The biography, Life of Arnold, published two years after his early death by one of Arnold's former pupils Arthur Penrhyn Stanley, is considered one of the best works of its class in the language and added to his growing reputation. A popular life of him by the novelist Emma Jane Guyton also appeared. In 1896 his bust was unveiled in Westminster Abbey alongside that of his son, Matthew and the Times asserted that "As much as any who could be named, Arnold helped to form the standard of manly worth by which Englishmen judge and submit to be judged". However, his reputation suffered as one of the Eminent Victorians in Lytton Strachey's book of that name published in 1918.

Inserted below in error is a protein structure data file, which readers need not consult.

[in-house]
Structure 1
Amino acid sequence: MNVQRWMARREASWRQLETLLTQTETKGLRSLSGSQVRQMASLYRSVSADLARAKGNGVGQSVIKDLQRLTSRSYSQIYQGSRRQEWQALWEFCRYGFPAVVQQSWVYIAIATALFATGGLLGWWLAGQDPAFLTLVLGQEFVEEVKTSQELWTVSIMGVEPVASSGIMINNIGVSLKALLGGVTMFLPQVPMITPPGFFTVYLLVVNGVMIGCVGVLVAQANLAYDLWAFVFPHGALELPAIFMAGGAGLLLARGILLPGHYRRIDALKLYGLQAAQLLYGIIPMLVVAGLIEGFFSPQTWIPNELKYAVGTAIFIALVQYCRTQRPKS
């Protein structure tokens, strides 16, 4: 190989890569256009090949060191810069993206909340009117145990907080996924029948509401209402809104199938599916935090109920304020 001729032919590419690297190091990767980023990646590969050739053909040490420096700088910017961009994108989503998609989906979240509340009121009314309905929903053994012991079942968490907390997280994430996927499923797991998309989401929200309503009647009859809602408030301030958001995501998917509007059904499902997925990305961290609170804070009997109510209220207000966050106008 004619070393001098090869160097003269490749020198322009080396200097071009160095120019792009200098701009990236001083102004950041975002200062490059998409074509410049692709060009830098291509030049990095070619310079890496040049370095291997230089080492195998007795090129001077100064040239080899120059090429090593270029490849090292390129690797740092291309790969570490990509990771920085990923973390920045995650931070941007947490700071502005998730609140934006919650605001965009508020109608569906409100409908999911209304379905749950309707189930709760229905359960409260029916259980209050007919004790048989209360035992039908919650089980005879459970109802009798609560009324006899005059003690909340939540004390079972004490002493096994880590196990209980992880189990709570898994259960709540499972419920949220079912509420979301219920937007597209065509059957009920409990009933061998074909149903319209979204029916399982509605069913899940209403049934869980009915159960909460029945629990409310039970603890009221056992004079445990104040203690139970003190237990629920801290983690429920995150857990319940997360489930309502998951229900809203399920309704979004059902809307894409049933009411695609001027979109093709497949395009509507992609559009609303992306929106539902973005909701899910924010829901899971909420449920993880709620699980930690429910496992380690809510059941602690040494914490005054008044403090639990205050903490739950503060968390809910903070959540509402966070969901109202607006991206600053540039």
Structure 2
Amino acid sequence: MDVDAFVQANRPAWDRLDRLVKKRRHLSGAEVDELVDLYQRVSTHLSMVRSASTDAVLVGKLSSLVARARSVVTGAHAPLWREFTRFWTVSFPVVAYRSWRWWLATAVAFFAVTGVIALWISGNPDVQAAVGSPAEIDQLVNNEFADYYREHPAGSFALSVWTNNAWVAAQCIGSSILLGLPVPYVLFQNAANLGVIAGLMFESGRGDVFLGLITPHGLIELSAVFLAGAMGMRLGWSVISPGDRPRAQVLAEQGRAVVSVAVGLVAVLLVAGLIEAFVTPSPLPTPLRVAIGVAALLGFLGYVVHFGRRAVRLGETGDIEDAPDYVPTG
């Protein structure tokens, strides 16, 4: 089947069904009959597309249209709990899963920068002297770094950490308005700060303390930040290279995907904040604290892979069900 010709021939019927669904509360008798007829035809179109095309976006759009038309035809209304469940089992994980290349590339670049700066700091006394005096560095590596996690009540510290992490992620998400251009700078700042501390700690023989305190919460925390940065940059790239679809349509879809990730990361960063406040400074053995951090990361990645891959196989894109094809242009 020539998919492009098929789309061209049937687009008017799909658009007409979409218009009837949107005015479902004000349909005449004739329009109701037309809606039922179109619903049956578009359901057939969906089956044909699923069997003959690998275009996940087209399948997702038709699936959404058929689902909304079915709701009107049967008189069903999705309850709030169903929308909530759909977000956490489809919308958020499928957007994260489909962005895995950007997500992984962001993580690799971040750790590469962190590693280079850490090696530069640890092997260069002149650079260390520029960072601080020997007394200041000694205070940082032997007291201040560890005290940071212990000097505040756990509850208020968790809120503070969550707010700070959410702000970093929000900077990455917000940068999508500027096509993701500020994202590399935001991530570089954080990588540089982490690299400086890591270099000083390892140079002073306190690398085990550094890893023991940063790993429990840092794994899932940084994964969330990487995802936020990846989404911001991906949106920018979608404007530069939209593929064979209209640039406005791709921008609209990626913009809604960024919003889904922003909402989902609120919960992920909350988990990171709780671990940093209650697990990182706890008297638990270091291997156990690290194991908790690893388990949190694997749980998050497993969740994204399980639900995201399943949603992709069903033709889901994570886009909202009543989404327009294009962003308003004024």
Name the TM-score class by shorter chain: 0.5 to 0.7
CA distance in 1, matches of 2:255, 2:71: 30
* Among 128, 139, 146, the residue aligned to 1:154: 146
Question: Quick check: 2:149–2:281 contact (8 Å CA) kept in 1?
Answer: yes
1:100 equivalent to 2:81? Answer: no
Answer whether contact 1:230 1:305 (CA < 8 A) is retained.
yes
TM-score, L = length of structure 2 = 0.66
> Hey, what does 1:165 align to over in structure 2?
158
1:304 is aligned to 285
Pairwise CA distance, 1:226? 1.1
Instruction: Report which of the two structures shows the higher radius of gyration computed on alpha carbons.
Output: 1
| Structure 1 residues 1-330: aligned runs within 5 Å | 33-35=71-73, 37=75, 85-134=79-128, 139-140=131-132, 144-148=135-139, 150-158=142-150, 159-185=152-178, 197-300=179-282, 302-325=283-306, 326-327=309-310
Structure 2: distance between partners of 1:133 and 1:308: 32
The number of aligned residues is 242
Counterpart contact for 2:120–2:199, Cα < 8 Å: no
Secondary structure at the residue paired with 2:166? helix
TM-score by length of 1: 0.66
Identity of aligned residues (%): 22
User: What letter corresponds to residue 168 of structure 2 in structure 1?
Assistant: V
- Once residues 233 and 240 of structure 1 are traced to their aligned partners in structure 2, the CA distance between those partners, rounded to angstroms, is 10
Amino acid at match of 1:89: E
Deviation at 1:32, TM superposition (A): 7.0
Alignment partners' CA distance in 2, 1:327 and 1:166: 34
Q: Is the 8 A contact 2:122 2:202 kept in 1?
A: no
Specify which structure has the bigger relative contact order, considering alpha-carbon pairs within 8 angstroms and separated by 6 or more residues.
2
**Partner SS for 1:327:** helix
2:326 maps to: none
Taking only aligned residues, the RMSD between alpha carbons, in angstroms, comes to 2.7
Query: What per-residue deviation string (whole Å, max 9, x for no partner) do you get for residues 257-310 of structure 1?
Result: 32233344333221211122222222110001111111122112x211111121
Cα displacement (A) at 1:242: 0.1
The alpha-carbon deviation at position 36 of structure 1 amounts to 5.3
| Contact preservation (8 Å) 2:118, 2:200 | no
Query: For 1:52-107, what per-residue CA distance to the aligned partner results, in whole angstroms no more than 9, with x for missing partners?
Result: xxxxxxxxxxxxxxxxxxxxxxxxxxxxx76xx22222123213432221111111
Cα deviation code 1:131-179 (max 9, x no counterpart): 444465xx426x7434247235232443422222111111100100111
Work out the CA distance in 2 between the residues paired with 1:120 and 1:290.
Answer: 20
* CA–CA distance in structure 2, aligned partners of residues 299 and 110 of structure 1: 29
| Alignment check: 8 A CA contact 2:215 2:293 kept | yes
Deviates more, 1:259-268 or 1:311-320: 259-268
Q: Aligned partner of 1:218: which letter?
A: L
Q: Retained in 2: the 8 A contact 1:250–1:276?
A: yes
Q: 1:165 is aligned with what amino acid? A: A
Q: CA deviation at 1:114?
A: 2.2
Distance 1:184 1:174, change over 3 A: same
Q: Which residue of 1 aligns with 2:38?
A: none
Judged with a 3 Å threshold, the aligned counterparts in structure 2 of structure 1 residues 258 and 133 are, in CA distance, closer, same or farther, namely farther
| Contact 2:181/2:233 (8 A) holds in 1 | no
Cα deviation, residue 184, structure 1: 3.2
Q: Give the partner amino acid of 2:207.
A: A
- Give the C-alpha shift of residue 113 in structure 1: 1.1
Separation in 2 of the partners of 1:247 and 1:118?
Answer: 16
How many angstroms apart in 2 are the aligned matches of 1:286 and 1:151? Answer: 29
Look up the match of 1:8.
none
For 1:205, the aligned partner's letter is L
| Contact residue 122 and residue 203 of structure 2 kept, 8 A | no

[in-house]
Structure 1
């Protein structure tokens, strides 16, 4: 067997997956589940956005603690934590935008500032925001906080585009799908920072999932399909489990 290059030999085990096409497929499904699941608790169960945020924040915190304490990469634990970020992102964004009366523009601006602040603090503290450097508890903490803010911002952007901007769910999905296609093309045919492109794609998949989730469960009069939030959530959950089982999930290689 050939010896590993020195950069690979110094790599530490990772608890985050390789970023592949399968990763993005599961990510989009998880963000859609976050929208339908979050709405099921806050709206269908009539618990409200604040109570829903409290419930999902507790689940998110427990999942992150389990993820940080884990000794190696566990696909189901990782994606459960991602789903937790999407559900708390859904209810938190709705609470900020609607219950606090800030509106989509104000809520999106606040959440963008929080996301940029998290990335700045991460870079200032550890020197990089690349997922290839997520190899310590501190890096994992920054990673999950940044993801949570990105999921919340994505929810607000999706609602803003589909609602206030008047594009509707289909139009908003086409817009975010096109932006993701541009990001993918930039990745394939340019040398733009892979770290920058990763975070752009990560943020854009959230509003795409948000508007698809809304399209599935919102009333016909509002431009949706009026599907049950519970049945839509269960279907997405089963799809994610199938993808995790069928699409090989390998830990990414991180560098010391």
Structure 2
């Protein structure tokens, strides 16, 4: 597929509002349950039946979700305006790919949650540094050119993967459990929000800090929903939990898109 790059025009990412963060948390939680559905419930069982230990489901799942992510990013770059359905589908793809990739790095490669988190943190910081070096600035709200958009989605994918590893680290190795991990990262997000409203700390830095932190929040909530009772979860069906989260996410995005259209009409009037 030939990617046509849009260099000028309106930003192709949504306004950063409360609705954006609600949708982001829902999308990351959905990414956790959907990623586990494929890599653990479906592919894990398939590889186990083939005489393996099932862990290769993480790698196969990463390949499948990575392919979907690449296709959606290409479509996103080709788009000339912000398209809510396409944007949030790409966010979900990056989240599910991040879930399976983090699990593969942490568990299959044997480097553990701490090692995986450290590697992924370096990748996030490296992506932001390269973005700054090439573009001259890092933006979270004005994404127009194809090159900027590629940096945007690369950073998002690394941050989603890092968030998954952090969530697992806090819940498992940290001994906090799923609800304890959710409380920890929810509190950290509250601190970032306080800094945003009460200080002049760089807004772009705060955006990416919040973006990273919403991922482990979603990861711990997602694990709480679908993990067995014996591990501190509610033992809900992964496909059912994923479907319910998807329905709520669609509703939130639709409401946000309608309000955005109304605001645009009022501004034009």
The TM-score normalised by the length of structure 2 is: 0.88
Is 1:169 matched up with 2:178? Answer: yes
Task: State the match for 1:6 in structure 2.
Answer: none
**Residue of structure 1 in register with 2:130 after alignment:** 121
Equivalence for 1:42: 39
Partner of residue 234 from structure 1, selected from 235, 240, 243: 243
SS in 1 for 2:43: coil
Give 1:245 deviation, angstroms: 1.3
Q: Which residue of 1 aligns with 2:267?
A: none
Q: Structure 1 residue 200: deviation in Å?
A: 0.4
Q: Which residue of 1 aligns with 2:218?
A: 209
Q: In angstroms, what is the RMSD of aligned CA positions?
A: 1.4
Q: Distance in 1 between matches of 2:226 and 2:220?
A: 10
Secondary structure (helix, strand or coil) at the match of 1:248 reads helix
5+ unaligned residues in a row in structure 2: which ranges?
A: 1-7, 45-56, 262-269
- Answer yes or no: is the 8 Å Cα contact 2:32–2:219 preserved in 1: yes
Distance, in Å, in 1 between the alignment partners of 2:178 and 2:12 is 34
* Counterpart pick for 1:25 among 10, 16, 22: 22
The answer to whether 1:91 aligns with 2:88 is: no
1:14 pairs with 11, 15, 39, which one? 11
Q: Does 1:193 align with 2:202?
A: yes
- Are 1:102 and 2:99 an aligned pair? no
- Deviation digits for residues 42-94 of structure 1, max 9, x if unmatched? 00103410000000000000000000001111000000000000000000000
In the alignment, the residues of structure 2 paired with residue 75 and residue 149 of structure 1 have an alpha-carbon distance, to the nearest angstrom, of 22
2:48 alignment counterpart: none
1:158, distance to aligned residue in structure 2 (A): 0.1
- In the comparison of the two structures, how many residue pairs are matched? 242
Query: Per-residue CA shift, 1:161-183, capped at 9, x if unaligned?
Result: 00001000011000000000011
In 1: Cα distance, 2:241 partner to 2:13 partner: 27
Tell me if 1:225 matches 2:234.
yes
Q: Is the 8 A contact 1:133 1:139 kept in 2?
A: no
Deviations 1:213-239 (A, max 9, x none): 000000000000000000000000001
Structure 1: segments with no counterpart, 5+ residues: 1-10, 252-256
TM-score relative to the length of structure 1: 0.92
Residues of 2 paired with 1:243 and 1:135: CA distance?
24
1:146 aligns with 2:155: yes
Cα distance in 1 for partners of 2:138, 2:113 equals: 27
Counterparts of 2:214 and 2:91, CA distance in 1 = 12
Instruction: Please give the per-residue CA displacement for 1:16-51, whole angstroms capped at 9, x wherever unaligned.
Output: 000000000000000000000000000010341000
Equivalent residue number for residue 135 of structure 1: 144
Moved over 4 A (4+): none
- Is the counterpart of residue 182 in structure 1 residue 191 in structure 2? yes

A more recent public school headmaster, Michael McCrum of Tonbridge School and Eton College in the 1960s through 1980s, and also a churchman and Oxbridge academic (Master of Corpus Christi College, Cambridge and Vice-Chancellor), wrote a biography and reappraisal of Arnold in 1991. McCrum was steeped in the significance of Rugby and of public schools; he too had briefly been a master at Rugby and was married to the daughter of another former headmaster.
More recently, a biography entitled Black Tom has been written by Terence Copley. Both McCrum and Copley have sought to restore some of the lustre to the Arnold legacy which has been heavily under attack since Strachey's sardonic appraisal.
A. C. Benson once observed of Arnold that, "A man who could burst into tears at his own dinner-table on hearing a comparison made between St. Paul and St. John to the detriment of the latter, and beg that the subject might never be mentioned again in his presence, could never have been an easy companion".
Read more about this topic: Thomas Arnold
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